As usual, I’ll use it to build an app for demo purposes. However, this time I’ll use the brand new .NET Core templates released with R2 2019 Release.  After you install Telerik components for WPF or WinForms, they will appear in your Visual Studio like this:

Template Telerik



VSX


With several clicks, I have prepared a functional desktop application for .NET Core — WPF Calendar app.

Calendar example

Now, let's deploy it.  

Deploying With Visual Studio

This is my preferred method for deployment. 

Note that there is difference in the approach depending on the version of Visual Studio. I’ll use the VS 2019 official version (version above 15.7) and describe the steps in details. However, if you're using an earlier version please refer to  this article from Microsoft.

Again, I want to remind you that with the SCD approach of deploying, we need to create a profile for every platform. So, you need to repeat the steps below for every platform you need to target.

Step 1. Right-click on the project (not the solution) in Solution Explorer and select Publish. 

Solution explorer


...and the "Pick a publish target" dialog box opens: 


Publish dialog


Step 2. Choose a deployment location.

Step 3. After that click on Configuration settings and choose self-contained deployment mode and choose target runtime.

Configure profile


Step 4. Save the configuration and run the Publish button. 

Now, let’s see what’s in the output folder:

Output


A bunch of dll files — all needed .NET Core assemblies and assemblies of your app including the Telerik ones.  

Note that there are some files in the location folder that are not mandatory for publishing, but I recommend to save them *.pdb. Save them to debug the deployed app if needed.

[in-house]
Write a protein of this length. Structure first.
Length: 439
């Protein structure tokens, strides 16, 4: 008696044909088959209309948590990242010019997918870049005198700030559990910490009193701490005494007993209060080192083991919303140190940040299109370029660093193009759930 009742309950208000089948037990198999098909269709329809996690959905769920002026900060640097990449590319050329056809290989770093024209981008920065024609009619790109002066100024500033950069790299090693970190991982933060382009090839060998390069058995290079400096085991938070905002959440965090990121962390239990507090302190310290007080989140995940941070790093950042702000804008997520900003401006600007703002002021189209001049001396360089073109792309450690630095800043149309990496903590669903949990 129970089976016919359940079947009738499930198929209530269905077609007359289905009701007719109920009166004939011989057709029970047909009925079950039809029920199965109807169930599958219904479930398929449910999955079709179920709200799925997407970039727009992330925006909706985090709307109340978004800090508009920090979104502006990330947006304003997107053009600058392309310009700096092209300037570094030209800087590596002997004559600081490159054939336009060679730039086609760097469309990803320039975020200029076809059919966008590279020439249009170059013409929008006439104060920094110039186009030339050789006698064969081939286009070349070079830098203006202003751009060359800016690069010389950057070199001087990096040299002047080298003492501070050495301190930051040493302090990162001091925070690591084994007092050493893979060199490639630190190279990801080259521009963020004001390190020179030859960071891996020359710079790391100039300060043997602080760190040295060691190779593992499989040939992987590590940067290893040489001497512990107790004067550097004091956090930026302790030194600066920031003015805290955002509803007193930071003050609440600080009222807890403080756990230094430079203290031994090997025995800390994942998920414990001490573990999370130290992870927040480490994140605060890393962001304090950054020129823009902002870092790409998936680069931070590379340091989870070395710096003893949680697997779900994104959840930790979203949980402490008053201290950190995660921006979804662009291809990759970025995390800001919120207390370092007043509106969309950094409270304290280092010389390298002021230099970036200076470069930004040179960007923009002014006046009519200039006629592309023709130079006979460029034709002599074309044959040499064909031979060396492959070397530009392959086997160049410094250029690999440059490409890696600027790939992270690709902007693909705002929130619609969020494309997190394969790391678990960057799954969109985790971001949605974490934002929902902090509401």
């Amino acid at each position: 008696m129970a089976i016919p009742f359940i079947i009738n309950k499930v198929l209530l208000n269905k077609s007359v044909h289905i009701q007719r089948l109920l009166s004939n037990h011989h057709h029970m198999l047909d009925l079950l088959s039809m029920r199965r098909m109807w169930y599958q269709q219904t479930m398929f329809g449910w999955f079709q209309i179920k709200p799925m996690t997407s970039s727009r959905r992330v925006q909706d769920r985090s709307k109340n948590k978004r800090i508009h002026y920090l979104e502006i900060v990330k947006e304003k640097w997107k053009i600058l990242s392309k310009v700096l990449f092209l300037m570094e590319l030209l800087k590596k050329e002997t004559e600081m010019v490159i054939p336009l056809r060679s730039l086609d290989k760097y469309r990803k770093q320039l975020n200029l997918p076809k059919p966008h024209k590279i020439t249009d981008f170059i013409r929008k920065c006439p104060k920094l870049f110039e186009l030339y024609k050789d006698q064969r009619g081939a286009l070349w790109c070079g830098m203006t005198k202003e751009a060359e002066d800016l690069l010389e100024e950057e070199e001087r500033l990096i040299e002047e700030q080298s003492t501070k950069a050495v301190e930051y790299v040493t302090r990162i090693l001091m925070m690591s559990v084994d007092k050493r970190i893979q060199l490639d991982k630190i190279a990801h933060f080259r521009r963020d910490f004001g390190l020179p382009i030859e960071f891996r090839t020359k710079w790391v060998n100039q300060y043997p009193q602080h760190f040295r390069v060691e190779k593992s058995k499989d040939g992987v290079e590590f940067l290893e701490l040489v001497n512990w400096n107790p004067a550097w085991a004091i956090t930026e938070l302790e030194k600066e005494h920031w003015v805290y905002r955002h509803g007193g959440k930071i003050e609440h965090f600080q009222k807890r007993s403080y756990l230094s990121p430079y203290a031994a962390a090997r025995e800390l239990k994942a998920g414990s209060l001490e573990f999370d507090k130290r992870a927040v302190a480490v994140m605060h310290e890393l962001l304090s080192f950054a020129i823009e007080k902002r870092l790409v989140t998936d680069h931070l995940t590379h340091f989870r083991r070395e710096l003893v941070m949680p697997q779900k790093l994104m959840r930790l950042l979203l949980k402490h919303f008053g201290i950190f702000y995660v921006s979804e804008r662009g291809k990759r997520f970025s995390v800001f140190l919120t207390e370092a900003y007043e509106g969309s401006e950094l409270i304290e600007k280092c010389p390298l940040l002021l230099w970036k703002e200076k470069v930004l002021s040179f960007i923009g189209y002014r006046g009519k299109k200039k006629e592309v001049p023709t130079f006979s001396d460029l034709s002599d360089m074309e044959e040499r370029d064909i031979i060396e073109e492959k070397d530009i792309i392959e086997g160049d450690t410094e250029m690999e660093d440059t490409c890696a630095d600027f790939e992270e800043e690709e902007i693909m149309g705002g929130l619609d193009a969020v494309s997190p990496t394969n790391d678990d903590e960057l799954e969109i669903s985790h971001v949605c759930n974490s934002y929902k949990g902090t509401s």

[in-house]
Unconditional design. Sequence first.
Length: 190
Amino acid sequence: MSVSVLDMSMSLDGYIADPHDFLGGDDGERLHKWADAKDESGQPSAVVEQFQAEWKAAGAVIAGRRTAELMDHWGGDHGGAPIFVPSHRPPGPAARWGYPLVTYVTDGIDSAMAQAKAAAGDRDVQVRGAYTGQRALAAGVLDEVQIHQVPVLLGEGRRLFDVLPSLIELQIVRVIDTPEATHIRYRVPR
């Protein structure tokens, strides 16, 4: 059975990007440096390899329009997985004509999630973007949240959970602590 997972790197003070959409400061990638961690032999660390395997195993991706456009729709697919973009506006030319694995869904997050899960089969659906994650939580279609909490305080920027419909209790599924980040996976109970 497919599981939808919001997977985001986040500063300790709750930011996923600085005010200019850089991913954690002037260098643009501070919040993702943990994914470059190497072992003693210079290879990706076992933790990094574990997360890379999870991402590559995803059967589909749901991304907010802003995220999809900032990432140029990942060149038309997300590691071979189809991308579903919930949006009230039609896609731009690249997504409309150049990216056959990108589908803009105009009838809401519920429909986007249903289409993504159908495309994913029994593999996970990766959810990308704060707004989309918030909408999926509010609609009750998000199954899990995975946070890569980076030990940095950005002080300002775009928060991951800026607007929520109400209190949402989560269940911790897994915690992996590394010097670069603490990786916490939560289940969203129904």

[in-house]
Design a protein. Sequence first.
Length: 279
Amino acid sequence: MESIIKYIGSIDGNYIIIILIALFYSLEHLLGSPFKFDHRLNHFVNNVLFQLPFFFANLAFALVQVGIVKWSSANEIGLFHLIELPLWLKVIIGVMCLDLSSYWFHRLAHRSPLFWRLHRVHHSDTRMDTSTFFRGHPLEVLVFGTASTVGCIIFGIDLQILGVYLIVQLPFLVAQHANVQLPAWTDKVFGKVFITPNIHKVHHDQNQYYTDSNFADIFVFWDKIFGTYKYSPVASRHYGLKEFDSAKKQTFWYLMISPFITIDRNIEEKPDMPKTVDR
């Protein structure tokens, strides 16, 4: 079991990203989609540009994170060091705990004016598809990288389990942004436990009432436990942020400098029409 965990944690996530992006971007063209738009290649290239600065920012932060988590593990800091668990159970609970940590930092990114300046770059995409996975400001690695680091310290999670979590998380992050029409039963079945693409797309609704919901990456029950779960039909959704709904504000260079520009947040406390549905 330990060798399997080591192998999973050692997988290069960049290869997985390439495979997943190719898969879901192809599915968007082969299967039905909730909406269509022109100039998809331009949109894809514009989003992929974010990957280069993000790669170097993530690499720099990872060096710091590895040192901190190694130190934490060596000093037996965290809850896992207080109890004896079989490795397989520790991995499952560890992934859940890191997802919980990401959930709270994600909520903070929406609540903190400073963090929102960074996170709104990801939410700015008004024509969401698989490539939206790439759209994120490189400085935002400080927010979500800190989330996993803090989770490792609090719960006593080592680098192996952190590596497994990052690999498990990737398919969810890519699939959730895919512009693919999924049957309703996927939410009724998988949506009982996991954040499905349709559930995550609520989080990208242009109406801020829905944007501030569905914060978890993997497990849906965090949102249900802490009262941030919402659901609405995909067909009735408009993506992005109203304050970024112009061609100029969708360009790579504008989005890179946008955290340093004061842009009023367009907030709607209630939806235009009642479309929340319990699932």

After we have the output files, you can deploy them in any way to the target machine — zip them, simply use the copy command or... with the new MSIX format.

What Is MSIX?

It is a new app packaging format for Windows applications that supports Win32, WPF, and WinForm apps

What Are the Benefits?

  • Works with any Win32, WPF, or WinForms apps (regardless of whether it is .NET Core 3).
  • Enables seamless distribution to the Microsoft Store.
  • Enables Side-Loading with Easy Download & Install Page.
  • Automatic App Updates.
  • Easily integrates with Continuous Integration.
  • Lights up some Windows 10 features like URI launching.

What Are the Disadvantages?

  • Only supports Windows 10 for "seamless install mode".
  • Requires special tools on Windows 7/8 (MSIX Installer).
  • Requires side-loaded app to be signed with cert (pretty standard, but not ideal for indie dev).
  • Sandboxes app like a UWP app.

To learn more about how to package the app, please refer to this post.

And now let's see an alternative way without using the studio.

Deploying With Command Prompt

Guess what? It is very easy. Just call dotnet publish --self-contained true  in your working directory and you are almost done. 

To configure the deployment use the following params:

-c Specify the Configuration.
-f 
Use for the framework.
-r 
Target Runtime Platform.

In my case the command will be: 

dotnet publish  -c Release -f netcoreapp3.0 -r win10-x64 --self-contained true 


More to Read

I hope you are as excited about all of the benefits of .NET Core 3 as we are! That is why we will love to hear more about whether you are going to convert your existing applications. Do you have any problems with that? Is there anything you would like the .NET Core version of Telerik UI for WPF and WinForms to include? Please share your feedback!

Let us know in the comments below or in our portals for WinForms and WPF.

In this post I tried to cover the base scenario; however for more details, you can refer to these Microsoft articles:

Happy deploying!

Topics:
web dev ,.net ,fdd ,scdl ,visual studio ,winform ,wpf